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Agriculture and Human Values

, Volume 20, Issue 2, pp 151–163 | Cite as

Foundations of production and consumption of organic food in Norway: Common attitudes among farmers and consumers?

  • Oddveig Storstad
  • Hilde Bjørkhaug
Article

Abstract

In Norway, the production andconsumption of organic food is still small-scale. Research on attitudes towards organic farming in Norway has shown that most consumers find conventionally produced food to be “good enough.” The level of industrialization of agriculture and the existence of food scandals in a country will affect consumer demand for organically produced foods. Norway is an interesting case because of its small-scale agriculture, few problems with food-borne diseases, and low market share for organic food. Similarities between groups of consumers and producers of food, organic and conventional, when it comes to attitudes concerning environment, use of gene technology, and animal welfare have implications for understanding market conditions for organically produced food. The results of our study indicate that organic farmers and organic consumers in Norway have common attitudes towards environmental questions and animal welfare in Norwegian agriculture. Conventional farmers have a higher degree of agreement with the way agriculture is carried out today. Unlike organic farmers and consumers, conventional farmers do not see major environmental problems and problems with animal welfare in today's farming system. But like the organic farmers and consumers, and to a stronger degree than conventional consumers, conventional farmers renounce gene technology as a solution to environmental problems in agriculture. These results are discussed in relation to their importance for the market situation for organically produced foods.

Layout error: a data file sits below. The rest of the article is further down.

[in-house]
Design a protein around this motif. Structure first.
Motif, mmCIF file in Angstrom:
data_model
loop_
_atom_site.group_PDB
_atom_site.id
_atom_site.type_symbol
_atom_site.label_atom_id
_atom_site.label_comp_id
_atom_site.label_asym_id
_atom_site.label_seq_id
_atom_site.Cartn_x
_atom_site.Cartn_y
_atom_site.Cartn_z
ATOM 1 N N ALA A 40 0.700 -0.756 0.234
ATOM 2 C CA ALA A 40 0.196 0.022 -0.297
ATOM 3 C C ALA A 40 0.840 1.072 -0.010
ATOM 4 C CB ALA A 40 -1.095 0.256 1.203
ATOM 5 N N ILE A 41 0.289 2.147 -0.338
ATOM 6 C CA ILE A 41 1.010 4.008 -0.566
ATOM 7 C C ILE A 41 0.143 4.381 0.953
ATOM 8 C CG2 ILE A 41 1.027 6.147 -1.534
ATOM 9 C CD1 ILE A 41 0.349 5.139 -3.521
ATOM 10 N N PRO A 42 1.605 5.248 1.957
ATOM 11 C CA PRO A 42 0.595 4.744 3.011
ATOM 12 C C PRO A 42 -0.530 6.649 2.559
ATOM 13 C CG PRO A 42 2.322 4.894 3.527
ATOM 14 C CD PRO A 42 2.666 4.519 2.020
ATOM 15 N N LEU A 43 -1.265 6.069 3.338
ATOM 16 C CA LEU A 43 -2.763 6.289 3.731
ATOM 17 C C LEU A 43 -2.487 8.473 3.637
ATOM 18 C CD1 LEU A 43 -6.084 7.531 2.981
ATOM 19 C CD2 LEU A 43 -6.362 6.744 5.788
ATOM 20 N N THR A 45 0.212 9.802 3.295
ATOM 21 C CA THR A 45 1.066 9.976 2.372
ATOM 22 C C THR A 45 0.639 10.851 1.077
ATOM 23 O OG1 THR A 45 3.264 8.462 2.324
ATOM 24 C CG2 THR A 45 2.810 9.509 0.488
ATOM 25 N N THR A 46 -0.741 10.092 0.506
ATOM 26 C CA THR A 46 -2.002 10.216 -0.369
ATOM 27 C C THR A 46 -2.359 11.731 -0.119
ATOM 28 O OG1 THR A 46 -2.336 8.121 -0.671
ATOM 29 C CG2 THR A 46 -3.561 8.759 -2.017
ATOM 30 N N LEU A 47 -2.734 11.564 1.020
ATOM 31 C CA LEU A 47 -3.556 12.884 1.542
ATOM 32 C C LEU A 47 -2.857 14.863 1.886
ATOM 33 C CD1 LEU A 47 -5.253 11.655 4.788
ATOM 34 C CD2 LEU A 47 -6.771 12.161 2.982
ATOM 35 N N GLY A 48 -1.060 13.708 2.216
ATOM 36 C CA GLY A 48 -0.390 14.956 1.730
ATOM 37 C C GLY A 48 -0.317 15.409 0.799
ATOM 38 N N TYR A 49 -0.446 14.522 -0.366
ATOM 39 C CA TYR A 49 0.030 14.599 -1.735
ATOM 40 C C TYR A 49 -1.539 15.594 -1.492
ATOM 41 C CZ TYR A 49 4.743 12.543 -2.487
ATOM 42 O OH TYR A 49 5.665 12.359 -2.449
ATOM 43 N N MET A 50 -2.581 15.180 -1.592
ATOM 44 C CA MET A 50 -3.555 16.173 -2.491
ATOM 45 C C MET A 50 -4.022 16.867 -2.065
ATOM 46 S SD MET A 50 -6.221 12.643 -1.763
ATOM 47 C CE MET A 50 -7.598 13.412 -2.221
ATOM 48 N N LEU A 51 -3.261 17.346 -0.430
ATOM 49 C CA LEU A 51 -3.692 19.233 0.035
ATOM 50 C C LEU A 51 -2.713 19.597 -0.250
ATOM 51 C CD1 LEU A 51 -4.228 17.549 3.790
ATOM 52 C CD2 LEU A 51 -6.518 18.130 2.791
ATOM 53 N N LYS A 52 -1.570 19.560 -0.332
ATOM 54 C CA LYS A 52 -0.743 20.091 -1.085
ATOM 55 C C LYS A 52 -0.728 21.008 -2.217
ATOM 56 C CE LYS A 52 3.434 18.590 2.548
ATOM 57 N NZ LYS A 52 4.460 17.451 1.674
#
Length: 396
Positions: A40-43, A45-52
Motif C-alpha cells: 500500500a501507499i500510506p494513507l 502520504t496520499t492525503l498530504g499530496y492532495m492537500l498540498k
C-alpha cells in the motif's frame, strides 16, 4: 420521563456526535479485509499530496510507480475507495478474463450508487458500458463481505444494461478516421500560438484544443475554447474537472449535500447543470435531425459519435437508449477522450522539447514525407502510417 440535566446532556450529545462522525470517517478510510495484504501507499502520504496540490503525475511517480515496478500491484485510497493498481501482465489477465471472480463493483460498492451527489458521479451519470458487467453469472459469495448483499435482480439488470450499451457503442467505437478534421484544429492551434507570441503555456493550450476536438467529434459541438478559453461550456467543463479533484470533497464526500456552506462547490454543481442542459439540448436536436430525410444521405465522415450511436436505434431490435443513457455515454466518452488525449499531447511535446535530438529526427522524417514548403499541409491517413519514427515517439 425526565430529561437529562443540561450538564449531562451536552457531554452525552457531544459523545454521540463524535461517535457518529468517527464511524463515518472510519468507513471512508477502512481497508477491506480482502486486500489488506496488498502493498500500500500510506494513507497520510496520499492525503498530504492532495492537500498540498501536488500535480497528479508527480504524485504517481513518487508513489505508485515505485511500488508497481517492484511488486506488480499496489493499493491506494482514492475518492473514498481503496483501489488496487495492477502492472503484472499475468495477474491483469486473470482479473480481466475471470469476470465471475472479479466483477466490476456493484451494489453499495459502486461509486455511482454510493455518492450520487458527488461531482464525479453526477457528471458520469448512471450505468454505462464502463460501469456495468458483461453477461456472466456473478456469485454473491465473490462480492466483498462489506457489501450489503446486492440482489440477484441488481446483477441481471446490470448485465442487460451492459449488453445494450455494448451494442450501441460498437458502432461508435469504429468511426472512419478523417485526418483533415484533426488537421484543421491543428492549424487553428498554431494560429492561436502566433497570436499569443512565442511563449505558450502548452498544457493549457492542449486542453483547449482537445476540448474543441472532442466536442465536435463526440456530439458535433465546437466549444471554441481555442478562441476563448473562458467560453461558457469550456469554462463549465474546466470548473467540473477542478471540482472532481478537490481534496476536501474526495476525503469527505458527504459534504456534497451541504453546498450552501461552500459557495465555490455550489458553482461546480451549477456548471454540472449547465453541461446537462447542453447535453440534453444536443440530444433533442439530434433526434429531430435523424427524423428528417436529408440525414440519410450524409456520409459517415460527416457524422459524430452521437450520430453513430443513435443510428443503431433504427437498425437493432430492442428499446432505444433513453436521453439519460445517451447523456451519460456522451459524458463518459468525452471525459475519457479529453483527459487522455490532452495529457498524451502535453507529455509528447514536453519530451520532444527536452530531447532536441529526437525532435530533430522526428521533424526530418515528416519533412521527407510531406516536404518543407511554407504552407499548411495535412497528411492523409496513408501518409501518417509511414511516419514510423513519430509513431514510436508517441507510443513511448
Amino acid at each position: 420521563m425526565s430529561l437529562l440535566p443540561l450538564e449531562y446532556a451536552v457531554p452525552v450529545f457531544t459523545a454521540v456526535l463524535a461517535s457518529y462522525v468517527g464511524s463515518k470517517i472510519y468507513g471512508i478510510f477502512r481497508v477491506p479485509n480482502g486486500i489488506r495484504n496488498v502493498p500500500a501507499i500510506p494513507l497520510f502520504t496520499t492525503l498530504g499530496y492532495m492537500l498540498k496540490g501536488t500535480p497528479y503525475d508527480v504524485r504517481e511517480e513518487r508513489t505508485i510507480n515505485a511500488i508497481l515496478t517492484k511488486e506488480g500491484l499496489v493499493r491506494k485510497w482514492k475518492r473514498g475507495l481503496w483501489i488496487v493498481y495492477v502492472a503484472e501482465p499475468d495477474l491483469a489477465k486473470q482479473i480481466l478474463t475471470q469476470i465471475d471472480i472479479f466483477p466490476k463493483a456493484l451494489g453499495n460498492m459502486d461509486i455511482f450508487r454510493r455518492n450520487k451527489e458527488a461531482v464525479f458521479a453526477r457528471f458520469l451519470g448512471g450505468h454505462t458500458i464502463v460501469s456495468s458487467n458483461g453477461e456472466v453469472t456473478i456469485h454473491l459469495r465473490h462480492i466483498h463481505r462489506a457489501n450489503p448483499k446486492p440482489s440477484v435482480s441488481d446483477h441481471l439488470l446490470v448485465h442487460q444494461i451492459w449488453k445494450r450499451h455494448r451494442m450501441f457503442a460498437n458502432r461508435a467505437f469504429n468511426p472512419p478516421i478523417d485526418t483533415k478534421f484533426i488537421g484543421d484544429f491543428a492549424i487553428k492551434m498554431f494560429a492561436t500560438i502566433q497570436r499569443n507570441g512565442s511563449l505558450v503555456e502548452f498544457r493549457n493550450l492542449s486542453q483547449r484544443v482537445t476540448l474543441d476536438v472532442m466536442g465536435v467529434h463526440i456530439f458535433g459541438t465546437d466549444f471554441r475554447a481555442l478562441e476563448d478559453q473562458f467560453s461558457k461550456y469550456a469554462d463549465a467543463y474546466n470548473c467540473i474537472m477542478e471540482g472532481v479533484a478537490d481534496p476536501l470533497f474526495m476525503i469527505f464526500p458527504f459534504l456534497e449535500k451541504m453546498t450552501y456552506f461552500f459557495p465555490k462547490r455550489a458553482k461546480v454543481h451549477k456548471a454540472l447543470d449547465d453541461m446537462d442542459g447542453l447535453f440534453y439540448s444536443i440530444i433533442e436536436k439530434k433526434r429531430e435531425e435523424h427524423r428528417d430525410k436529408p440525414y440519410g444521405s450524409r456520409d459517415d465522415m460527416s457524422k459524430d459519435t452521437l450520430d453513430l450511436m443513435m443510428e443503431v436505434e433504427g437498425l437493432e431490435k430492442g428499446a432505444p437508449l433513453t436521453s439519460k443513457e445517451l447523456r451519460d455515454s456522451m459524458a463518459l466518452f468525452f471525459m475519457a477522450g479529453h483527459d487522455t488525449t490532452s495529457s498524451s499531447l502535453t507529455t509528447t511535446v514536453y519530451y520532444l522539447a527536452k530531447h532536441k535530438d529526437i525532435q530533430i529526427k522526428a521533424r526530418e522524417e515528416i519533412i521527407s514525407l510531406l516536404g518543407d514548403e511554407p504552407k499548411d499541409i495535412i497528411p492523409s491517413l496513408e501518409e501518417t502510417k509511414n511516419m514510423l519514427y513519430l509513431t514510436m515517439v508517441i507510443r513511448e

Agriculture Animal welfare Environment Food consumption Gene technology Organic 

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Copyright information

© Kluwer Academic Publishers 2003

Authors and Affiliations

  1. 1.Centre for Rural Research, NTNUTrondheimNorway
  2. 2.Centre for Rural ResearchTrondheimNorway

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